Trump’s proposal to target ISIS-affiliated women and children can thus be interpreted as congruent with a longstanding American strategy to undermine an enemy population’s willingness to continue to wage war on the U.S. And, read thusly, it is a long overdue and necessary corrective for Obama’s dogged refusal to even permit consideration of how to deter, let alone defeat, radical Islamists.
Furthermore, Trump’s establishment critics, in their desperation to block his nomination, make common cause with leftist and Islamophilic law professors, journalists and others who, as outlined in “Trahison des Professeurs: The Critical Law of Armed Conflicts Academy as an Islamist Fifth Column,” falsely claim the killing of civilians is invariably a war crime to undermine U.S. military effectiveness and break the will of Americans to defeat radical Islam.
In fact, under the law of war the death of civilians in a U.S. military airstrike or ground combat operation does not establish that the airstrike or operation was illegal. Civilians may lawfully be killed so long as attacks do not deliberately target them and the number killed is not “excessive in relation to the concrete and direct military advantage anticipated” by attacking forces. High value targets can lawfully be destroyed even if many civilians die in the process.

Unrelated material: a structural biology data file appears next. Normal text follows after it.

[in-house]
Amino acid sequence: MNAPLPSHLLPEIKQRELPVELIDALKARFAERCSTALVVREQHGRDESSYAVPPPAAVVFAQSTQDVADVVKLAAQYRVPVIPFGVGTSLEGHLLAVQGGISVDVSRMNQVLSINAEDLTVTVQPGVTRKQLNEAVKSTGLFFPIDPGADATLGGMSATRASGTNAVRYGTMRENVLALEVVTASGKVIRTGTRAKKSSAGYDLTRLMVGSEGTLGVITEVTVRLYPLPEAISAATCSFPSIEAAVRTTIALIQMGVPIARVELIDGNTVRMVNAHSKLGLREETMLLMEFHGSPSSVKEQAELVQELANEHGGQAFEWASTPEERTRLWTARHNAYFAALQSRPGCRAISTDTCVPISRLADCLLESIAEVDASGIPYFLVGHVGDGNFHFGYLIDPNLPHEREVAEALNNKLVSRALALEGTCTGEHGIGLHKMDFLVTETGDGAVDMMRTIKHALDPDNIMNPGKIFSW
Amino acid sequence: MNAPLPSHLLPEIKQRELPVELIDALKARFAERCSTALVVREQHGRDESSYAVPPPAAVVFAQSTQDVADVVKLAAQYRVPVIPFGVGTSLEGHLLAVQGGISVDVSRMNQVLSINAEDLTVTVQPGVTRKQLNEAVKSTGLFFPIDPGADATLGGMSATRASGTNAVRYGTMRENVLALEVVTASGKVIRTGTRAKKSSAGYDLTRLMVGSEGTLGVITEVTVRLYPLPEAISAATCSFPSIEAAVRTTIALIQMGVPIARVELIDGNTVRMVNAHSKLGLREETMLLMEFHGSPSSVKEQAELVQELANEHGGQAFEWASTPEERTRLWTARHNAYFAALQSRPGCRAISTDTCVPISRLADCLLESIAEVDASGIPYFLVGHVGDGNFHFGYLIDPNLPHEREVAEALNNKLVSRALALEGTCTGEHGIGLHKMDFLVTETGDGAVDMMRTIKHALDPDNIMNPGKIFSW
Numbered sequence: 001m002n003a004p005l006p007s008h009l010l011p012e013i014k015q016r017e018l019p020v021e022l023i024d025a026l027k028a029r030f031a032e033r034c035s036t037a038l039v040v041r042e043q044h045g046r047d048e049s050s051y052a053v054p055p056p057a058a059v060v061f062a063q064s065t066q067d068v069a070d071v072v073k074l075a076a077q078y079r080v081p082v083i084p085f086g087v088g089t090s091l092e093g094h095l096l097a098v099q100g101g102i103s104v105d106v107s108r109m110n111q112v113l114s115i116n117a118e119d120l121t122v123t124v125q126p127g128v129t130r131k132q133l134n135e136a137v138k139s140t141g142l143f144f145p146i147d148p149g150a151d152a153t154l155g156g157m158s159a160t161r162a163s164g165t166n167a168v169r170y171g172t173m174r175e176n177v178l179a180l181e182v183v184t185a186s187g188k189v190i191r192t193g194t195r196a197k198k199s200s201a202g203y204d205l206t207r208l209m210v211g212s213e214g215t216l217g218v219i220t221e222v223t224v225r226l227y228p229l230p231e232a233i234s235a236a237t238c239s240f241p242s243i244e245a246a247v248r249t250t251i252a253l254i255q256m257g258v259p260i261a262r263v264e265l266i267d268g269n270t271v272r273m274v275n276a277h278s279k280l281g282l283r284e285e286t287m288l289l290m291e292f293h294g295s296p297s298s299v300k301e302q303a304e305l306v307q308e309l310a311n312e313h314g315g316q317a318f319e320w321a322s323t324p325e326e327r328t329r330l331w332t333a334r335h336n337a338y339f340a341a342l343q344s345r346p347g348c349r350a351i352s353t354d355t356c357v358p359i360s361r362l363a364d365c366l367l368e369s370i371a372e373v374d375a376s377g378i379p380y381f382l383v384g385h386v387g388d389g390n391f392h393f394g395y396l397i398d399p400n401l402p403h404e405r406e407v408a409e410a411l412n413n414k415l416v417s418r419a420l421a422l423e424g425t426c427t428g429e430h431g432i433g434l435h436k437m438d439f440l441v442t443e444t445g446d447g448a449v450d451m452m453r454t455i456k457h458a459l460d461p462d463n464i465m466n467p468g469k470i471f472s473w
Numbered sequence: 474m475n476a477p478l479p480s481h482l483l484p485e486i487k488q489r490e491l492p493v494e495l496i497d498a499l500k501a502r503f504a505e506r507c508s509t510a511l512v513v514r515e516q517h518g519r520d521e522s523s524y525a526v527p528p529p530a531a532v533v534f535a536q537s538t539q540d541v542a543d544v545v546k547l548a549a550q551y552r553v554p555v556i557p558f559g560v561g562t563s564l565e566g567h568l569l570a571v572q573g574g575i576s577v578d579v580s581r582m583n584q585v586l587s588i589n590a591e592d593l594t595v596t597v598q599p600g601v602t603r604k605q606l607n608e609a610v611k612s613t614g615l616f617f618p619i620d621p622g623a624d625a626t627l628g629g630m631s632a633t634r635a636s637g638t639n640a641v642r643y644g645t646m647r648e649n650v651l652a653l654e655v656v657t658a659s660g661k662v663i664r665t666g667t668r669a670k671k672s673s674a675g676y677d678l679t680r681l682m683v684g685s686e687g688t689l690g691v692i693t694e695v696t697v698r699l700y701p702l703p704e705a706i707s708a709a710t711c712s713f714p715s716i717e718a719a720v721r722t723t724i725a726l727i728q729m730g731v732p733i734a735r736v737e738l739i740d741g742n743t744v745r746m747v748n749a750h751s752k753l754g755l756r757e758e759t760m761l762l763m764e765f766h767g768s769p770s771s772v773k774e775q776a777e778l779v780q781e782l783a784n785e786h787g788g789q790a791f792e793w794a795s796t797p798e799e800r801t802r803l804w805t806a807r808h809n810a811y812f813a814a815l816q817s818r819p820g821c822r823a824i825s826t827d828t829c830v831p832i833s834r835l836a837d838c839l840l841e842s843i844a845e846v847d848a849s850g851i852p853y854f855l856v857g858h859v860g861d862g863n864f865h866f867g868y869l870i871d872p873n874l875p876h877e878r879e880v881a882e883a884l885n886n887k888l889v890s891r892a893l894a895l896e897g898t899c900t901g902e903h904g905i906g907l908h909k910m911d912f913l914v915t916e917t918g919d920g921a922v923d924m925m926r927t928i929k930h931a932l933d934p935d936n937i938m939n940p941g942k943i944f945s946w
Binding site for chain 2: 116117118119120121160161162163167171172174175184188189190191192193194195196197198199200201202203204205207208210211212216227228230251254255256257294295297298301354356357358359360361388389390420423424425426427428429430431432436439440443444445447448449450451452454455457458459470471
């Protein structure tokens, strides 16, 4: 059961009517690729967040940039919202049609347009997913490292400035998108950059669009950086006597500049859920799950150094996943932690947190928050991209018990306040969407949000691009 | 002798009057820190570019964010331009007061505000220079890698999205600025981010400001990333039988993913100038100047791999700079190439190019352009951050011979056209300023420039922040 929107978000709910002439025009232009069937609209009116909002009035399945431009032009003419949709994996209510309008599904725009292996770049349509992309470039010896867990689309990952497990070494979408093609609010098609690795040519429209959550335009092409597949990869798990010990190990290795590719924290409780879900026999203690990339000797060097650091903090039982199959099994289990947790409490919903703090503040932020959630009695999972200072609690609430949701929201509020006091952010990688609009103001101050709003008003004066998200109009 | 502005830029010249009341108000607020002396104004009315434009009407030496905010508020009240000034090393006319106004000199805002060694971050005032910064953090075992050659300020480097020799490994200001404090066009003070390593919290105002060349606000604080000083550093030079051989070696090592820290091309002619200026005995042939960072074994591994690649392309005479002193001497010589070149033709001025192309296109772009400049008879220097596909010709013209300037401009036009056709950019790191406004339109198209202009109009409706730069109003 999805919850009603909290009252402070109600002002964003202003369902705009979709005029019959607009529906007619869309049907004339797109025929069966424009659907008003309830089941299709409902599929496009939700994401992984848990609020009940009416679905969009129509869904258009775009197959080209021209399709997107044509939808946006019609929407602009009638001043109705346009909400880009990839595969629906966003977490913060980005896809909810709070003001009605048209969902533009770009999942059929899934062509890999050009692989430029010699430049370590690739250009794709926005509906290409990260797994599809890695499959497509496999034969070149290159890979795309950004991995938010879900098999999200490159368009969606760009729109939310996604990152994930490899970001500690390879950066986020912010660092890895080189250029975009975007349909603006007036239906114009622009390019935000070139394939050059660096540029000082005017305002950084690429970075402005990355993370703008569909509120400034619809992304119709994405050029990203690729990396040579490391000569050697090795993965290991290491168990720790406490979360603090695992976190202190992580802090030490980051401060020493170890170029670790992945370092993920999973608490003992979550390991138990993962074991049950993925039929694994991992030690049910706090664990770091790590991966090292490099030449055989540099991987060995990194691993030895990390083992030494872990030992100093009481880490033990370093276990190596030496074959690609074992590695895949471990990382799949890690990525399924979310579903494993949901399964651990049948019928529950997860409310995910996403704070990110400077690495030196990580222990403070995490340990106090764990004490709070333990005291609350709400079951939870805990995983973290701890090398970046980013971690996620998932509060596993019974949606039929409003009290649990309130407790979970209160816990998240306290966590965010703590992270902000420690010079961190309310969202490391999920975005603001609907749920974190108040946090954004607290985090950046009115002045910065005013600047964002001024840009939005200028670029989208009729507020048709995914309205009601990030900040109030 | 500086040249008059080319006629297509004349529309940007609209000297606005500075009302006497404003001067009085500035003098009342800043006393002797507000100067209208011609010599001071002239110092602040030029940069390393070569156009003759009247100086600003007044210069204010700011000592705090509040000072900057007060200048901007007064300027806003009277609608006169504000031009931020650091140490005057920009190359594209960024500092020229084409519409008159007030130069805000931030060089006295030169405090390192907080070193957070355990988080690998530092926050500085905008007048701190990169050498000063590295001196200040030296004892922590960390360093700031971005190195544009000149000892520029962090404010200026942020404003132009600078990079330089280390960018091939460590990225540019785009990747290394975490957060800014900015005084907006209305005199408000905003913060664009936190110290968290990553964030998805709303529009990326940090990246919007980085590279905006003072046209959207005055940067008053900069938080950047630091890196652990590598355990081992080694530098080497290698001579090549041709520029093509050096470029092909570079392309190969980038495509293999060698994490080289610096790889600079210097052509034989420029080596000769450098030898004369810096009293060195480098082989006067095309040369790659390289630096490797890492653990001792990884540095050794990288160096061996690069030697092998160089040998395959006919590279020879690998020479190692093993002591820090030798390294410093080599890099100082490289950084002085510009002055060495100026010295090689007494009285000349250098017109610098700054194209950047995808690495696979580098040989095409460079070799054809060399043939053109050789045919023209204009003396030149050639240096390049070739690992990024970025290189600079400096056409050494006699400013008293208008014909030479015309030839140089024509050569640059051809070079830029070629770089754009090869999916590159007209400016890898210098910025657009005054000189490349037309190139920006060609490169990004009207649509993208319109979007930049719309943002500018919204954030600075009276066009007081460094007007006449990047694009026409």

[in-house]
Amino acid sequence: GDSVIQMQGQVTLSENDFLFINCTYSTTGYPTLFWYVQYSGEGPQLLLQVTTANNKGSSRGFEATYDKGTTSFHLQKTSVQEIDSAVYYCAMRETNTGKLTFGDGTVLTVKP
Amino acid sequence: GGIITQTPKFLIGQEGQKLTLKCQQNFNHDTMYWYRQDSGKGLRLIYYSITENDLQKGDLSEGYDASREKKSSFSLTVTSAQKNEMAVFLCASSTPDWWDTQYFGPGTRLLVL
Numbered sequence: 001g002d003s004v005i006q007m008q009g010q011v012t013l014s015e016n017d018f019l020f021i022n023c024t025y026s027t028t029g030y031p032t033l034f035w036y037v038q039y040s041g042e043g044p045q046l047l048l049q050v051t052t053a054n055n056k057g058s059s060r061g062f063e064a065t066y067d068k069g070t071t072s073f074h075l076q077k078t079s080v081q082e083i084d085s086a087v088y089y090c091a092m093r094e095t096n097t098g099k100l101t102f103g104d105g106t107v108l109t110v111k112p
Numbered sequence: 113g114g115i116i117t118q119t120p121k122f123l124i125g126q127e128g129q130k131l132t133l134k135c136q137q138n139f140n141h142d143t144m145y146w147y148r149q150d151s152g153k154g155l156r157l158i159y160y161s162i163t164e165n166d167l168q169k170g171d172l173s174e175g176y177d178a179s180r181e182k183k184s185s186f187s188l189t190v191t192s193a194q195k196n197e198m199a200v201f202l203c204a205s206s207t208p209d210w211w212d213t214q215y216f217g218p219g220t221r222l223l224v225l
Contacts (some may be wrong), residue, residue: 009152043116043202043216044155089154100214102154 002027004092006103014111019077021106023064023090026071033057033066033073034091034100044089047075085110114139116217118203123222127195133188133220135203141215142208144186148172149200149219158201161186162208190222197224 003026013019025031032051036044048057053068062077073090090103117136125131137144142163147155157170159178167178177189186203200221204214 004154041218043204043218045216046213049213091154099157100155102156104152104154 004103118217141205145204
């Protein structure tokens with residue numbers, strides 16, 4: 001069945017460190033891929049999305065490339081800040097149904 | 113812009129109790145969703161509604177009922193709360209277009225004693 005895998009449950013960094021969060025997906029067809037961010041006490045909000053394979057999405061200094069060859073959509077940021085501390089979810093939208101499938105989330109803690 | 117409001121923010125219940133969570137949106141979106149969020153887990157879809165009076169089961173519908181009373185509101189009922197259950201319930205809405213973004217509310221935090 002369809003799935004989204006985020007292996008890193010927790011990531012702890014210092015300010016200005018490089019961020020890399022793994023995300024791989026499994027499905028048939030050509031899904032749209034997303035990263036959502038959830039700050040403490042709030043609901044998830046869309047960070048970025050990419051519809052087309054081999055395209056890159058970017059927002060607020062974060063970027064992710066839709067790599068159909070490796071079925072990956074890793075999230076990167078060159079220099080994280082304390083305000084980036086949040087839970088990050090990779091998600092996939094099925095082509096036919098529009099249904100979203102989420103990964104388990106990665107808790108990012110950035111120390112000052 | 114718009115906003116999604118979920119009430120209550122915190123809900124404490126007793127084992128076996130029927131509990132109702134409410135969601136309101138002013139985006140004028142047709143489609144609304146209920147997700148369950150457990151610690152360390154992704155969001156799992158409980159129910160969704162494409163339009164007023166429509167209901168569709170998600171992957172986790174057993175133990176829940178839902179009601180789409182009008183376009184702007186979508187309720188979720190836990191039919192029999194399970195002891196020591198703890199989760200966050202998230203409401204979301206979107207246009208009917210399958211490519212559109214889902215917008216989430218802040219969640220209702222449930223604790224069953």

Even so, the U.S. goes far beyond what the law requires to minimize collateral damage.
Yet radical Islamists deliberately increase the probability that lawful U.S. attacks will kill civilians, knowing their allies in U.S. academia, media and government will spin these deaths into demoralizing allegations of U.S. war crimes. Here’s how.
Islamists often fight in civilian clothes—a violation of the law of war that in itself can earn the unlawful combatant, if captured, a trip to Guantanamo. After the dust settles, many “civilians” killed by U.S. military action were lawfully targeted terrorists whose deaths are broadcast as “evidence” of U.S. war crimes.
Islamists hold women and children hostage in and around concentrations of fighters and targets in an attempt to immunize themselves and these targets from attack. During U.S. airstrikes, these human shields are often killed. Under the law of war these attacks are legal, and civilian deaths are emphatically the fault of terrorists. Yet radical Leftists and Islamophiles ignore Islamists’ war crimes while spuriously alleging war crimes against the U.S. The goal? Compel the U.S., faced with being accused of war crimes or refraining from attacks, to elect the latter.